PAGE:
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If, however, the younger forms of the stomata are examined, it is perceived at once, that what were taken as guard-cells are not really such, but are cells corresponding to the accessory cells described in Tradescantia. In the mature leaf the epidermal cells are long and narrow, and have a very marked sinuous outline; but in the young leaf they are proportionately much shorter, and have a nearly straight outline. The formation of a stoma is as follows:
A vertical septum is formed across the end of a cell, shutting off a cell, which is very short (Plate 11, Fig. 1). This cell, however, lengthens rapidly, and soon is nearly square in shape. The stomata are at first formed in rows, but when mature this regularity is not very obvious. Almost as soon as the mother-cell of the stoma is formed, two small cells, at the sides, are cut out from the adjoining epidermal cells, much as in Tradescantia (Fig. 11). These at the outset scarcely keep pace with the development of the mother-cell; but finally grow much faster, and in the end so crowd it as to completely change its shape. The mother-cell rounds off and divides, developing for some time very much as any ordinary stoma (Figs. 111-VIII); but when it is about half grown there is a marked change. The stoma gradually begins to lengthen (Fig. 1x), and the accessory cells which have hitherto been small and unimportant, begin to grow more rapidly, beginning also to show their triangular form. The stoma becomes more and more elongated, and at this stage is nearly rectangular (x), and two or three times as long as broad. Distinct vacuoles are usually present and situated at the ends, but these soon disappear, and their position marks the place of greatest condensation. From this time, the accessory cells form the most conspicuous part of the stoma. They grow toward the center of the stoma, and in consequence the guard-cells become more and more contracted, until the stoma itself, instead of being oval, as it was when half grown, has becoine somewhat dumb-bell shaped, and to a casual observer, the accessory cells, which are no part of the stoma proper, might easily seem to be the guard-cells, while the real guard-cells are so altered that they look like mere thickenings around the pore.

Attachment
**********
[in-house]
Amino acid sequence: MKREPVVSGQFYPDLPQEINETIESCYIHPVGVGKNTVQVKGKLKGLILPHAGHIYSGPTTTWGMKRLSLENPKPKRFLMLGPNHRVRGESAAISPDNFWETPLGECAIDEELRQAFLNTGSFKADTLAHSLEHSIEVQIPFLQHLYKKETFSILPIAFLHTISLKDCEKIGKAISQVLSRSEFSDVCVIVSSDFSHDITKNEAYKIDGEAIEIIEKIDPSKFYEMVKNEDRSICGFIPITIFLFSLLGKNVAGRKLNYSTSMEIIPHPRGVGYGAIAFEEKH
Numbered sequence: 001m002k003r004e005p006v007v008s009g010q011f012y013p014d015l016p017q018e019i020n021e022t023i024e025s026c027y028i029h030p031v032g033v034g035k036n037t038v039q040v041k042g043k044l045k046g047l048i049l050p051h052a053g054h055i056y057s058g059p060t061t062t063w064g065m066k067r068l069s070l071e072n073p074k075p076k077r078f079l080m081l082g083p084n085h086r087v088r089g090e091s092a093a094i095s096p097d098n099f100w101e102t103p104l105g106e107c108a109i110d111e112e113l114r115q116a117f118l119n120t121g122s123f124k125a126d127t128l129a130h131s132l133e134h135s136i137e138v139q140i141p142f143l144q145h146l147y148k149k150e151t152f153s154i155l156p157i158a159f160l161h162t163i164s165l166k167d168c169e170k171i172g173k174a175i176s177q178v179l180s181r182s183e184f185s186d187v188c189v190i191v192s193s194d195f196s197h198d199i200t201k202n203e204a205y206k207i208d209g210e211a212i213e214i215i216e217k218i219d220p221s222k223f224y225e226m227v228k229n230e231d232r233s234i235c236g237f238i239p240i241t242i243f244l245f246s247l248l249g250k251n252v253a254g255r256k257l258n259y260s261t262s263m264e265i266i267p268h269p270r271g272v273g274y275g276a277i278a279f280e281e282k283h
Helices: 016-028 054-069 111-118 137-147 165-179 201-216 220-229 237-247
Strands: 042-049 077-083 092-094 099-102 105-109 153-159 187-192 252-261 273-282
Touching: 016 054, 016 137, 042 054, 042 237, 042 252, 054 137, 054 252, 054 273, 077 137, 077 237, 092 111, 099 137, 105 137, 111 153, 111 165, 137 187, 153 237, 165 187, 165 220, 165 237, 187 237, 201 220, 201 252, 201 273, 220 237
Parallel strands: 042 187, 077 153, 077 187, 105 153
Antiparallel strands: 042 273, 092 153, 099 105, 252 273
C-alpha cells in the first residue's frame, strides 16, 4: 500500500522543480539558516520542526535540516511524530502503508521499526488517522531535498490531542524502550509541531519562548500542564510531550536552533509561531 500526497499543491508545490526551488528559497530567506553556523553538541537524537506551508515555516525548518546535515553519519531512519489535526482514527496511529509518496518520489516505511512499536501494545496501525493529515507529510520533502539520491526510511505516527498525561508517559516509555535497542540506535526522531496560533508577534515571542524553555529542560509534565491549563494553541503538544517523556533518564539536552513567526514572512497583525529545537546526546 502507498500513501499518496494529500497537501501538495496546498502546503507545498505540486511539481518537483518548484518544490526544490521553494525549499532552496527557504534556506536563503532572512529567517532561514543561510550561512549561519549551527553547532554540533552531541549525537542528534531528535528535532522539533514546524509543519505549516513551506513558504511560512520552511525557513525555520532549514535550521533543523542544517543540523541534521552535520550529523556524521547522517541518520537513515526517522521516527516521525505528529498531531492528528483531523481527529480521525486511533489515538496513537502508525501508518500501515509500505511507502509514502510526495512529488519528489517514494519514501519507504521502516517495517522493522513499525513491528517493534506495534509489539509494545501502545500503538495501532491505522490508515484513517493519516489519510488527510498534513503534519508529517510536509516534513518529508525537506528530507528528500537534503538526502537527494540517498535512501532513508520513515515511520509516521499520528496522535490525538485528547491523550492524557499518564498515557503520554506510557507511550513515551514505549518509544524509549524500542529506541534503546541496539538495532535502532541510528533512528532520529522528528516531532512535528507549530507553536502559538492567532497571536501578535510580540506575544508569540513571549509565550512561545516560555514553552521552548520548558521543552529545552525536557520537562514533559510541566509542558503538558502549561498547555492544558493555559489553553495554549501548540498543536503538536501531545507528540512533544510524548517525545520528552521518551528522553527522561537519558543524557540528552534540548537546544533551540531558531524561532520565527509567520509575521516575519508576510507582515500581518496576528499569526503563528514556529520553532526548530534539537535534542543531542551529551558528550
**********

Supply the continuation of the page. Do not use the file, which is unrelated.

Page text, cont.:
The shape of the accessory cells varies somewhat, but is, in general, approximately triangular, or, rather, three-lobed; but sometimes the lobes are so indistinct, that the cells are nearly
semicircular, while at others the lobes are so strongly marked as to make the cell approach a trefoil. Occasionally, as in Trades
cantia, the ordinary number of these cells is increased, and an additional one is present; but this is apparently formed by the division of one of the others. Occasionally stomata are also found on the underground stems for some distance below ground. In all such cases they are without the accessory cells, and the guard-cells are of the ordinary shape, and not compressed.
As far as I have been able to ascertain, the form of stomata found in Indian corn is general among the grasses, but usually the stoma proper is neither so narrow nor so much constricted; this is, however, not so in all cases.
In the examination of both these plants, it is necessary to examine the youngest attainable growth, as the stomata are fully formed very early. In Tradescantia, I took the bases of the youngest leaves that I could procure, those that scarcely showed at all without removing the outer leaves, and taking the youngest parts of this, placed it under the microscope without attempting to remove the epidermis. The leaf at this stage of its growth is so thin as to be almost transparent, and by careful focussing, I was able, with little difficulty, to get the youngest forms. In corn I made an oblique section of the stem quite low down, and taking out the bundle of young leaves from within the stem, treated them the same way as in Tradescantia. Only by doing this is it possible to get at the young forms, since any leaf which is firm enough to allow the epidermis to be removed, would show only forms complete, or nearly so.
In the Tradescantia the stomata are confined to the lower surface of the leaves, the upper surface being absolutely without them, while in Indian corn, although they are much more numerous on the lower than on the upper side, they are still found to some extent on the latter.